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Four Centuries of Paintings and Manuscripts from the Indian Subcontinent

CAT. NO. 65

The Holy Quran Deccani, 1613 with late eighteenth-century additions

Manuscript written in naskh script on plain paper with illuminated frontispiece; set into ornamented paper margins; in ink and opaque watercolour including metallic pigments and gold leaf; gilt-stamped and painted brown morocco bindings with flap | 352 fols; 24.6 × 13.7 cm | RCIN 1005001

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This Quran is one of the earliest in the Royal Library.[207] The Holy Quran is considered by Muslims to be the Word of God, which was orally revealed over a period of 23 years to the Prophet Muhammad by the Archangel Gabriel (Jubrail). According to Islamic belief, it is the final divine revelation and a reminder of earlier revelations to the prophets Noah (Nuh), Abraham (Ibrahim), Moses (Musa) and Jesus (Isa). The Quran is divided into chapters (surahs) composed of verses called ayat (‘signs’) which offer guidance on how to lead a moral life. 

This Quran manuscript was owned by Tipu Sultan of Mysore whose library of over 2,000 volumes included at least 44 Qurans.[208] A note on the front of the binding written in Tipu’s own hand quotes the colophon date of 1613 and suggests that the manuscript was acquired from the shrine of the fourteenth-century Sufi saint Hazrat Khwaja Banda Nawaz Gaisu Daraz at Gulbarga in the Deccan. Tipu owned a large number of Deccani manuscripts and had a personal connection to Gulbarga, being the southern Indian city to  which his earliest recorded ancestor, Shaykh Wali Muhammad, was said to have migrated from Delhi during the reign of Mughal emperor Shah-Jahan.[209] Several Persian additions were made to the manuscript for Tipu including tables at the front with information about each surah including the order of their revelation, which verses one should prostrate oneself before, and indications of the verses to be used to curse someone as a kafir (‘infidel’).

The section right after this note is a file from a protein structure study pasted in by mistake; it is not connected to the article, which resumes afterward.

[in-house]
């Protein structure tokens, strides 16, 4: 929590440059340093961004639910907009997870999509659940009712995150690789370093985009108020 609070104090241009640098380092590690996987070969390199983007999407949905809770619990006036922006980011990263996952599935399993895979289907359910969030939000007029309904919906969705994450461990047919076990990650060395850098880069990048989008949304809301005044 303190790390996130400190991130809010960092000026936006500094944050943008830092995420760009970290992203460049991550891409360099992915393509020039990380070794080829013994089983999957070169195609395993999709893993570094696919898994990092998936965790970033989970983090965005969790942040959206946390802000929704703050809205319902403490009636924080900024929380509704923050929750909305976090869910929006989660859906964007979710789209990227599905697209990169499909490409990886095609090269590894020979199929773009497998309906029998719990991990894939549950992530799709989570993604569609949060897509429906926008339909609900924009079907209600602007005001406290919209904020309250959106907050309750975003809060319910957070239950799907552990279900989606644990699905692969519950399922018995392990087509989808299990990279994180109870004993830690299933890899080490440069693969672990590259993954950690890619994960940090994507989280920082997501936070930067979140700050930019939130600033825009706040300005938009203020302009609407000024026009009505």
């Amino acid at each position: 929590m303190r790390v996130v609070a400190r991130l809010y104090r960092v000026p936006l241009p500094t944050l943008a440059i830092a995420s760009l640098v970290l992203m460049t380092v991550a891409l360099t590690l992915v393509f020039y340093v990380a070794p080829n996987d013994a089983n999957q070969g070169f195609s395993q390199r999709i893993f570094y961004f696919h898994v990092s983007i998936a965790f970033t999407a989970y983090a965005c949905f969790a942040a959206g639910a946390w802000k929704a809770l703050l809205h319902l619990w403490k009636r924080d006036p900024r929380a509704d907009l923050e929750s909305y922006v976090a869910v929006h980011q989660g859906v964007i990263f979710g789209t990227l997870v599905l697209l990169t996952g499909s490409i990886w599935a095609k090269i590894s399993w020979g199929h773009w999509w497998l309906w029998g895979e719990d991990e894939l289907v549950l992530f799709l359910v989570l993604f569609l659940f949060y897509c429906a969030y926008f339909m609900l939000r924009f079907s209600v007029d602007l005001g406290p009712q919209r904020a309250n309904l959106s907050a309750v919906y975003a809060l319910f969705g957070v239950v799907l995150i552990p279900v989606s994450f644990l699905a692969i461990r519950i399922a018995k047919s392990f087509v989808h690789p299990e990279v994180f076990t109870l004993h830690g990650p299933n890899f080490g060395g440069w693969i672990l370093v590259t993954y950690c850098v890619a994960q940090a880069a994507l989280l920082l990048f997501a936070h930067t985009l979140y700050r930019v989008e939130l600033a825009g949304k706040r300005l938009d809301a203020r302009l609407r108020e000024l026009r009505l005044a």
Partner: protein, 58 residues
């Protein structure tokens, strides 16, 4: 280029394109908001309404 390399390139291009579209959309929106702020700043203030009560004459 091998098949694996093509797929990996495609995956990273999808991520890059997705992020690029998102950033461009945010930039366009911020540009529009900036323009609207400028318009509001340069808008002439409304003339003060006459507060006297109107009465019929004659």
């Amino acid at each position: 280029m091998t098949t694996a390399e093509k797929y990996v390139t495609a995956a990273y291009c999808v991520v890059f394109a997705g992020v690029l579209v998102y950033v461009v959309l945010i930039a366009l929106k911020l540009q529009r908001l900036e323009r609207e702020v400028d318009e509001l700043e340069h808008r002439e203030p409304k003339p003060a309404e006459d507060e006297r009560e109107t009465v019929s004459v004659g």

As in Hindustan, long-established connections between the Deccani courts and Iran and Central Asia had a profound effect on the arts of the region.[210] This manuscript opens with a traditional illuminated double-page frontispiece and its bindings are of dark brown gilt-stamped and painted leather with an envelope flap. This triangular flap tucks under the front cover to protect the fore edge of the manuscript, which would have been stored flat rather than vertically. The edges of the binding are ornamented with a repeated Quranic verse asserting ‘which none but the pure of heart can touch’ (Quran 56:79). The paper margins are beautifully ornamented with flowering plants painted in gold pigment, similar to those found on contemporary Mughal manuscripts and albums.[211] The text is written in angular naskh script and signed by the otherwise unknown scribe Harun ibn Bayazid al-Bayhaqi.

An inscription on the first folio of the manuscript claims that it was bought by the Mughal Emperor Alamgir for 9,000 rupees from his vizier Asad Khan. 

  • [207] There are 25 Qurans in the Royal Collection. 

    [208] See Buddle 1999, p. 20. Other Qurans formerly belonging to Tipu Sultan in UK collections include: Bodl. MS Or. 793; Cambridge University Library, MS Nn.3.75; St Andrews University Library, MS 19(o); Edinburgh University Library, Or. MS 148; and another in Lambeth Palace Library.

    [209] The Tipu Sultan Collection at the British Library constitutes about 25 per cent of his original library.

    [210] See Haidar and Sardar eds 2015 and Parodi ed. 2014.

    [211] See Stronge in Wright ed. 2008, pp. 83–105.

  • Presented to George III by Charles Wilkins, Librarian to the East India Company, 1807